Note: Where available, the PDF/Word icon below is provided to view the complete and fully formatted document
 Download Full Day's HansardDownload Full Day's Hansard    View Or Save XMLView/Save XML

Previous Fragment    Next Fragment
Tuesday, 20 October 1970


Mr Collard (KALGOORLIE, WESTERN AUSTRALIA) asked the Minister for Shipping and Transport, upon notice:

(1)   What is the normal (a) first class and (b) second class rail fare, both single and return, on the Commonwealth Railway from (i) Kalgoorlie to Sydney via Broken Hill and (ii) Kalgoorlie to Melbourne.

(2)   What is the charge on those journeys for (a) breakfast, (b) lunch, (c) dinner and (d) sleeping accommodation.


Mr Sinclair - The answer to the honourable member's question is as follows: (l)

 

(2)   (a), (b) and (c). The dining car charges are $1.50 for breakfast, $2.00 for lunch and $2.50 for dinner,

(d)   $4.60 per night first class and $3.75 per night economy class.

Australian Capital Territory: Sewage Disposal (Question No. 1830)


Mr Grassby asked the Minister for the Interior, upon, notice:

(1)   Are sewage and other wastes from the Australian Capital Territory being turned into the Murrumbidgee River.

(2)   Have these wastes brought complaints from authorities along the Murrumbidgee.

(3)   Is it a fact that a large proportion of this river is comprised of effluent during low flow periods. (4)Is it a fact that small communities along the river draw untreated water from the river for household purposes.

(5)   Will the National Capital Development Commission's proposal to build new sewage treatment works to serve most of the Australian Capital Territory near the junction of the Murrumbidgee and Molonglo rivers lead to a greater turn in of wastes to lie Murrumbidgee.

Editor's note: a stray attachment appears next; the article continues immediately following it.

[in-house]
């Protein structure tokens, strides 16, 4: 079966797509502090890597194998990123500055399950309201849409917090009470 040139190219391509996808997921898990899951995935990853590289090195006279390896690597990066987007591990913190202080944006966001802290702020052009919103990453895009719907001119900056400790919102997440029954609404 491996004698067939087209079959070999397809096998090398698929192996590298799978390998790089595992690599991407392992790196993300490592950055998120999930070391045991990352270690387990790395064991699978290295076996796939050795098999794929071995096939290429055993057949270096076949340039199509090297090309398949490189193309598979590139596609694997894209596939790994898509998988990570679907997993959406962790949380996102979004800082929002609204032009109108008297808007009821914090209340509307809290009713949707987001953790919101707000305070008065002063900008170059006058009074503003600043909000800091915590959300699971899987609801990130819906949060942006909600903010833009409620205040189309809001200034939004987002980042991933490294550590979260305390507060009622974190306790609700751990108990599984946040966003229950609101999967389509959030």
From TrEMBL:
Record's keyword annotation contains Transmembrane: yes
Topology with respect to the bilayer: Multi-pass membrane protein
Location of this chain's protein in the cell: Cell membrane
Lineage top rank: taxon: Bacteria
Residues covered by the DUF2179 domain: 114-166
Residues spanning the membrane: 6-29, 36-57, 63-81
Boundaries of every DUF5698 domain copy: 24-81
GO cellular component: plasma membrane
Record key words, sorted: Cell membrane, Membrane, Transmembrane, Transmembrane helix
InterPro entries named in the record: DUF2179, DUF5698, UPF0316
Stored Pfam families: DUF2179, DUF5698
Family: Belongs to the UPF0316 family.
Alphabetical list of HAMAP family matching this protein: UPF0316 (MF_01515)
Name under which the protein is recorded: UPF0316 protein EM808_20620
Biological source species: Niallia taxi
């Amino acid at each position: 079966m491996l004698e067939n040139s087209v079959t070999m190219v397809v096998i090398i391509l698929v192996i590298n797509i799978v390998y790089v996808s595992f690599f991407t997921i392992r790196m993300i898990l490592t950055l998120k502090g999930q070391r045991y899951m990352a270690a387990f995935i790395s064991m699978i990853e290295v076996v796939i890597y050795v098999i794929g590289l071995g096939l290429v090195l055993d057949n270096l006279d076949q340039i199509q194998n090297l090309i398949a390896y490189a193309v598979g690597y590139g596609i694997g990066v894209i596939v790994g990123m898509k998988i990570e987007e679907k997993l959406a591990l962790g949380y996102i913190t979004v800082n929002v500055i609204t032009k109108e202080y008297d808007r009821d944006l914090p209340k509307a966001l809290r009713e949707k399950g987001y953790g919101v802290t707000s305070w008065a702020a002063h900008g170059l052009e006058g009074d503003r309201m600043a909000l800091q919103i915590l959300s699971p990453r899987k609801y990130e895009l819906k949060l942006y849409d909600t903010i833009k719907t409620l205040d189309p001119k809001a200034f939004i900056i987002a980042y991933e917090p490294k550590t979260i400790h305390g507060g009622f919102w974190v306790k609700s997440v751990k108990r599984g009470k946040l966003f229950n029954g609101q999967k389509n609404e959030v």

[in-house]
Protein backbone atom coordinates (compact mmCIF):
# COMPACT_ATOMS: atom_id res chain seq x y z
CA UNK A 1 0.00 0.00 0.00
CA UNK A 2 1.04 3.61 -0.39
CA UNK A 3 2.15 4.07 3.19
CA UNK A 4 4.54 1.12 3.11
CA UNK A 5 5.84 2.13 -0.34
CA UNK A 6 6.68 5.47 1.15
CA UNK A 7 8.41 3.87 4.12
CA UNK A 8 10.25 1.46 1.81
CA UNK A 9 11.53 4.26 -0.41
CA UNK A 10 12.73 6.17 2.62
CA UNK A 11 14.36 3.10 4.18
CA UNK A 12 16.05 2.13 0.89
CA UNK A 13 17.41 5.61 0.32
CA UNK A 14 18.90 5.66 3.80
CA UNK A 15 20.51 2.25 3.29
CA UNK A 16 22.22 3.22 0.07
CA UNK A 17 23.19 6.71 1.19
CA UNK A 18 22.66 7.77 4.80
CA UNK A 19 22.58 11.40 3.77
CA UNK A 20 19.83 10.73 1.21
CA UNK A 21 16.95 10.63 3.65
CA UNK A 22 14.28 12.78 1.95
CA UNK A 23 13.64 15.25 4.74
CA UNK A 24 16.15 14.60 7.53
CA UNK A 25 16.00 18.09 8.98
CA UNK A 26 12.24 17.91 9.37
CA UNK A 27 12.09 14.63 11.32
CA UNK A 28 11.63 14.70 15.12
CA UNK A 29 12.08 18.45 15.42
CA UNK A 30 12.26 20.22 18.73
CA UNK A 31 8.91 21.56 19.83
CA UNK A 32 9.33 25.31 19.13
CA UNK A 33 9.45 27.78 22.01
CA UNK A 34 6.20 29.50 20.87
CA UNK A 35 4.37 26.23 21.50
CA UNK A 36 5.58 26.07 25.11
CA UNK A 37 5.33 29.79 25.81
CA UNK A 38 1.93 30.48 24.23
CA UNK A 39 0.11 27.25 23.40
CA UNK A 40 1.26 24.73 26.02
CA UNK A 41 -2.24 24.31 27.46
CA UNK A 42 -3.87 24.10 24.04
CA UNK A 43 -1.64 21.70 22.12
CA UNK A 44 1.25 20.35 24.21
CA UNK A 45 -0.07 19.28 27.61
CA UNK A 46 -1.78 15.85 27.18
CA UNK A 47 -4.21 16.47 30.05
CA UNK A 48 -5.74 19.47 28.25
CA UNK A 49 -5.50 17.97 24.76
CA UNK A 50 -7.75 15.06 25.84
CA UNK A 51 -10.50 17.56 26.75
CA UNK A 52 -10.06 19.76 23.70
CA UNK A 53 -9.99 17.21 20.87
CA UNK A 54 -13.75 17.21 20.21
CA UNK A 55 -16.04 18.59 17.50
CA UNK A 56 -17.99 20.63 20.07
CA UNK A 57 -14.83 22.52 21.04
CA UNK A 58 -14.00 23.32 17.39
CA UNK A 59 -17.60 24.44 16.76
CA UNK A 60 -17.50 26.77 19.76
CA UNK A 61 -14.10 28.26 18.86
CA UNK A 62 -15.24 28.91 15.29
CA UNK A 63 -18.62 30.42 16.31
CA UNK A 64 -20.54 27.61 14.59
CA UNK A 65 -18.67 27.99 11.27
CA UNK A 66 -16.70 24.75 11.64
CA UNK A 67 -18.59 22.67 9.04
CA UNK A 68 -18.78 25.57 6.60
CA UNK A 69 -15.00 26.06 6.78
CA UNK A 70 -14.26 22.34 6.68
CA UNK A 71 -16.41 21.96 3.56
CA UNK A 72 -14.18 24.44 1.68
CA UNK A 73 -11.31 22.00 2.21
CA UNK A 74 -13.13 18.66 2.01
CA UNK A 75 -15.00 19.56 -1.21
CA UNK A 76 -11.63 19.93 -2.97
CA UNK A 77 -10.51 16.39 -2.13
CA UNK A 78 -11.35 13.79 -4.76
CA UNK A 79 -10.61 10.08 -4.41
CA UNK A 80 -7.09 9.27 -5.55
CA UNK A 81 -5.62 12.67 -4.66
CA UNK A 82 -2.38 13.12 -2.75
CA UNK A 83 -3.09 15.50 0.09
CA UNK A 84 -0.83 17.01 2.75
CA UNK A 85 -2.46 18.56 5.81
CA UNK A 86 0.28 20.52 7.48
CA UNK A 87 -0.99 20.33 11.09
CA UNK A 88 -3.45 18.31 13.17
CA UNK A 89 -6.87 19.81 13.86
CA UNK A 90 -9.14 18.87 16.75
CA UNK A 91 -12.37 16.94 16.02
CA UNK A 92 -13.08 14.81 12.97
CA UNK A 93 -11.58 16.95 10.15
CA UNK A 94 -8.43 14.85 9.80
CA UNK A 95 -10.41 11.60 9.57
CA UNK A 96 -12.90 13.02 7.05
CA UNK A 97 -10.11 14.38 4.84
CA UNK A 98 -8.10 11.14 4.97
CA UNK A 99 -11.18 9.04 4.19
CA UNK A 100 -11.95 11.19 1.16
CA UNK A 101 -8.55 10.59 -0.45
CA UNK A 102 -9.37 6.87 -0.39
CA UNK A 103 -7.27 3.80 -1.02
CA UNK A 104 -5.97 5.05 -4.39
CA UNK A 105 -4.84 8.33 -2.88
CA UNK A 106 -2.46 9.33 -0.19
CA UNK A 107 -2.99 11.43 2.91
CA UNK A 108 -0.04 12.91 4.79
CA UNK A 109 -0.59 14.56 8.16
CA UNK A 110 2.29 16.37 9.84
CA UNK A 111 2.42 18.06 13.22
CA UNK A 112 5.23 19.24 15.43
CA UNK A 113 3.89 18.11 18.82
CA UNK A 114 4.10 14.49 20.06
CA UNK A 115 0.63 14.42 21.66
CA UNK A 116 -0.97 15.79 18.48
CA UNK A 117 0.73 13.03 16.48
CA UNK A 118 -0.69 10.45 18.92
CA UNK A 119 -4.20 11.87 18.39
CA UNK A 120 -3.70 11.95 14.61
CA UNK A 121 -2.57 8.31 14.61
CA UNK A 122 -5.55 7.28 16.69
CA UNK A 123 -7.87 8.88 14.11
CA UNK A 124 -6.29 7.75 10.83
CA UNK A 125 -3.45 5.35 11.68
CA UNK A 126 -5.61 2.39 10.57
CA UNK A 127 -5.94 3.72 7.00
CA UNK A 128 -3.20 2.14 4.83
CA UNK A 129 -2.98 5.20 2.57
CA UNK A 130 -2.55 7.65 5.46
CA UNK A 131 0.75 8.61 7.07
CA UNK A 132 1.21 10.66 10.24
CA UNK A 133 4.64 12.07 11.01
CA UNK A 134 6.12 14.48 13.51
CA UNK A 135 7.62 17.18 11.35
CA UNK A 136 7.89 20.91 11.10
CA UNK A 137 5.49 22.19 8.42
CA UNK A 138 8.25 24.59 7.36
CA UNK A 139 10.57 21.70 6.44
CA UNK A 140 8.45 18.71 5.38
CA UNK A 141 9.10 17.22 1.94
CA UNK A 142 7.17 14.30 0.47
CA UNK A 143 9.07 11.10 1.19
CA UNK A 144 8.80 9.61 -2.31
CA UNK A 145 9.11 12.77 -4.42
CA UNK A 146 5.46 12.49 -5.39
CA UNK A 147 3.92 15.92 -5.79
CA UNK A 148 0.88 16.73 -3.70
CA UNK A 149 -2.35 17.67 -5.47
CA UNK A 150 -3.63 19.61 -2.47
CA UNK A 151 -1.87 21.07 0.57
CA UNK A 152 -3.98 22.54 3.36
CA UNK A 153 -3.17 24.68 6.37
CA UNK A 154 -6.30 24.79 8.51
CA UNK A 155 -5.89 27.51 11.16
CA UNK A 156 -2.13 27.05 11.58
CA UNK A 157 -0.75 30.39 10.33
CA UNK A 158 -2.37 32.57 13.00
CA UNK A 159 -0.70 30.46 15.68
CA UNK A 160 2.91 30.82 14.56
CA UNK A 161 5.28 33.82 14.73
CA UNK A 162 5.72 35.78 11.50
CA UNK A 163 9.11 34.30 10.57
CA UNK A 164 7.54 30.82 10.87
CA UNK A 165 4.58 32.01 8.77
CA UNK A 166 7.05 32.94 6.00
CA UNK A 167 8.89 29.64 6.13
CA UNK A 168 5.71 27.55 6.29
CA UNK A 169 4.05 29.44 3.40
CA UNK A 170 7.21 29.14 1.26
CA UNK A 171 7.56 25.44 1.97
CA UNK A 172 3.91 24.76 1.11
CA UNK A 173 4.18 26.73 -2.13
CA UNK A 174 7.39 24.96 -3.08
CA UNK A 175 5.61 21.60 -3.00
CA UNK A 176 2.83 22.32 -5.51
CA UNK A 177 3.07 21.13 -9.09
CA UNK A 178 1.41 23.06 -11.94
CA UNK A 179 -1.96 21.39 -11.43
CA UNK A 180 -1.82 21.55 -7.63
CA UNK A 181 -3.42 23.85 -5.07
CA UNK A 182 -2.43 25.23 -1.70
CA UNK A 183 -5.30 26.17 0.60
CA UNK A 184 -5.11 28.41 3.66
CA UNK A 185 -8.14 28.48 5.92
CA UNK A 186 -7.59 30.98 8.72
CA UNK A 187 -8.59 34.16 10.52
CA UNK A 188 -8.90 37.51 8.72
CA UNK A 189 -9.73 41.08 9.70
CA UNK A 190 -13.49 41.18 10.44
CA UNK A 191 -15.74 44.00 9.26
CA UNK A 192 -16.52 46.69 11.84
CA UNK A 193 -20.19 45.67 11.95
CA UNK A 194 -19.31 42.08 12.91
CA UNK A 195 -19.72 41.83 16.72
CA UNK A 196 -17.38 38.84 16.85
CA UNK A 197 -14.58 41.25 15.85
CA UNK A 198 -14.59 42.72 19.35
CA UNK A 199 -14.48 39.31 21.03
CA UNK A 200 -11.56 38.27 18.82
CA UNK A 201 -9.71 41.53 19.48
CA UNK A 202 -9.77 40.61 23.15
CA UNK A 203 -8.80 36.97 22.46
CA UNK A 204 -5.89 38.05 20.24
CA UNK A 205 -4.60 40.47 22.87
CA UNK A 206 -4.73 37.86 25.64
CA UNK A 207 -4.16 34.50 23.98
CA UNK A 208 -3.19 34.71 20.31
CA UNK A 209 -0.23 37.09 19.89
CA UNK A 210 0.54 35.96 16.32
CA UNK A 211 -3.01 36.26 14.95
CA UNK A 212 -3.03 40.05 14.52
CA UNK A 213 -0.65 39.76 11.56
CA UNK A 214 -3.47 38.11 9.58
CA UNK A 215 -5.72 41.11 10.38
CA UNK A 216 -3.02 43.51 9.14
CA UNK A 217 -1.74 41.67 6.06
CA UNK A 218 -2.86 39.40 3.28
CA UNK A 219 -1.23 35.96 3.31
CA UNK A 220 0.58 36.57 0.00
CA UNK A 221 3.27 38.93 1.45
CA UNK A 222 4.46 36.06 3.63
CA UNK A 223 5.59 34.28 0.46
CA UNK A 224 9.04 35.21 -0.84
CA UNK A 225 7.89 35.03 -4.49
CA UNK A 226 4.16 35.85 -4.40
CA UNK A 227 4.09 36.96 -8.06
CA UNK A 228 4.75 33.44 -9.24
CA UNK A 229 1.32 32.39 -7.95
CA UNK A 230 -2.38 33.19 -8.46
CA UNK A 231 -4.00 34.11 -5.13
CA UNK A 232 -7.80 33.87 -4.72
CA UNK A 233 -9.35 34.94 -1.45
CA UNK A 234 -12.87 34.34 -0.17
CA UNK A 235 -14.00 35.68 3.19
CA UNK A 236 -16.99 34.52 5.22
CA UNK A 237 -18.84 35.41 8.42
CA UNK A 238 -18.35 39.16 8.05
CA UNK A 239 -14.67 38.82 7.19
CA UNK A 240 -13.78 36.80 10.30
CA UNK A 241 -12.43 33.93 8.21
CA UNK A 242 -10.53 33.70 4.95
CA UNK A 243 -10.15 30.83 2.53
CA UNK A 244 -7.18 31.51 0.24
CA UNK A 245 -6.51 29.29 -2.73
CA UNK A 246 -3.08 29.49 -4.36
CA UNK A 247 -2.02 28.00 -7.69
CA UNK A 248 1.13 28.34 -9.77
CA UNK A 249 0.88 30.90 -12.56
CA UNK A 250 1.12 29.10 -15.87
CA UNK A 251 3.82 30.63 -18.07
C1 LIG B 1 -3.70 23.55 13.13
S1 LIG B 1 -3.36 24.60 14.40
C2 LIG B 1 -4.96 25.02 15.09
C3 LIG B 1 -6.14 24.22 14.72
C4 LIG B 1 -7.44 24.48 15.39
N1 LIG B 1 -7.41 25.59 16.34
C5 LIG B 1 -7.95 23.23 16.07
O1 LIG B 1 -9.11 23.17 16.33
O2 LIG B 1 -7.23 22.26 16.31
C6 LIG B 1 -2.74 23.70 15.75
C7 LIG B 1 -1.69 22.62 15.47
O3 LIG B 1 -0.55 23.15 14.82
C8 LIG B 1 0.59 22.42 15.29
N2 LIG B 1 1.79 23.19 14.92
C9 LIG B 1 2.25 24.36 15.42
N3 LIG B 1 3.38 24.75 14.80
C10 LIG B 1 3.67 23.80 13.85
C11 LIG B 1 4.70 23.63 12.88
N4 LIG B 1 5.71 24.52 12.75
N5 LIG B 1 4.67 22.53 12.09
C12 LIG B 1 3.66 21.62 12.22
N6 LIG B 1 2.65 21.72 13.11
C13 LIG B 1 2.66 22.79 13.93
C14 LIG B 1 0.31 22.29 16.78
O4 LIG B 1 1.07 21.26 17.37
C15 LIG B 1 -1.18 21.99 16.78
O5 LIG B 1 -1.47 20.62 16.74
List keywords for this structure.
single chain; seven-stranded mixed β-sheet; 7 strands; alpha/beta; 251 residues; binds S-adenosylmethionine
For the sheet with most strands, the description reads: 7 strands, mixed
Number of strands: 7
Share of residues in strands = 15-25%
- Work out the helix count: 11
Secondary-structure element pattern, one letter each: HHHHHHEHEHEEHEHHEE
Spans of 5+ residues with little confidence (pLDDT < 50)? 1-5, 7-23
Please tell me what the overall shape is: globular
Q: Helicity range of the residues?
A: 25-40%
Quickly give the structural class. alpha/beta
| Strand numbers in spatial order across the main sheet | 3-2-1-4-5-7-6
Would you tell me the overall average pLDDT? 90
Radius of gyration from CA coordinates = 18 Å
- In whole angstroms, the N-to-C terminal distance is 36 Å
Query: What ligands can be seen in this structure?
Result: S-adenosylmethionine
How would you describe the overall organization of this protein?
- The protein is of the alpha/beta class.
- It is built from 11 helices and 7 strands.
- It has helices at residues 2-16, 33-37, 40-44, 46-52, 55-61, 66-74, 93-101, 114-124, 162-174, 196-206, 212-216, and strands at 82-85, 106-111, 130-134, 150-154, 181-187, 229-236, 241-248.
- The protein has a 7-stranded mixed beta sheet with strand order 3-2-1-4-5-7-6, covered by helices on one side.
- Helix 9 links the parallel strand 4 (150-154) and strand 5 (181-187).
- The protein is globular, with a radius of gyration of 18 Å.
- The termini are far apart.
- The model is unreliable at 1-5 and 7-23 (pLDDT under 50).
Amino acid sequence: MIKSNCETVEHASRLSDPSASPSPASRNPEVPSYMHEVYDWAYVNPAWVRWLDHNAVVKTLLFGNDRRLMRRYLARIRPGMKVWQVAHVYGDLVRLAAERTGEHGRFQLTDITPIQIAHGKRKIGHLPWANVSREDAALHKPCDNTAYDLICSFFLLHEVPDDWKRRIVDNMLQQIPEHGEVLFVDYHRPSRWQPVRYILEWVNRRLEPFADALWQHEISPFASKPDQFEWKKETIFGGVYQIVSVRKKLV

(6)   Will he inquire into and report to Parliament on the present degree of pollution caused by Australian Capital Territory wastes in the Murrumbidgee River and then organise measures to curtail this pollution.

(7)   Will he ensure that in future planning the Australian Capital Territory wastes turned into the Mumimbidgee will be treated to a standard that will protect all the communities along the Mumimbidgee as well as fish and wild life.


Mr Nixon (GIPPSLAND, VICTORIA) (Minister for the Interior) - The answer to the honourable member's question is as follows:

(1)   Waste water from the Australian Capital Territory is discharged into the Molonglo River and Ginninderra Creek, being tributaries of the Mumimbidgee River, but only after treatment at the Weston Creek and Belconnen Water Pollution Control Centres. Solid wastes are not discharged into streams but are disposed of by sanitary land fill within the Australian Capital Territory.

(2)   No complaints have been received. I have seen news reports of discussions by Shire Councils adjoining the Australian Capital Territory. The New South Wales Water Conservation and Irrigation Commission has been given the opportunity to inspect A.C.T. water pollution control centres and streams.

(3)   Treated waste water would be a significant proportion of the total flow during periods of low flow in the Mumimbidgee.

(4)   There are no such communities between the Australian Capital Territory and the Burrinjuck water storage. I have been advised that having regard to the nature of the run of the river upstream of Burrinjuck and the extent of the Burrinjuck water storage, use of the water downstream from that storage would be acceptable given normal controls as generally apply to town water supplies.

(5)   The increasing volume of treated waste water to be discharged into the Murrumbidgee or its tributaries would not be dependent on where the new Water Pollution Control Centre is to be located, but on the growth of population in the Capital.

(6)   An interdepartmental committee is investigating aspects of the quality of water in the Murrumbidgee River. It has already been announced, however, that the most modern treatment plant is to be constructed in the Australian Capital Territory.

(7)   Special studies by experts of world repute are being undertaken. This should ensure that the standards adopted will safeguard the ecology of the Murrumbidgee River.







Suggest corrections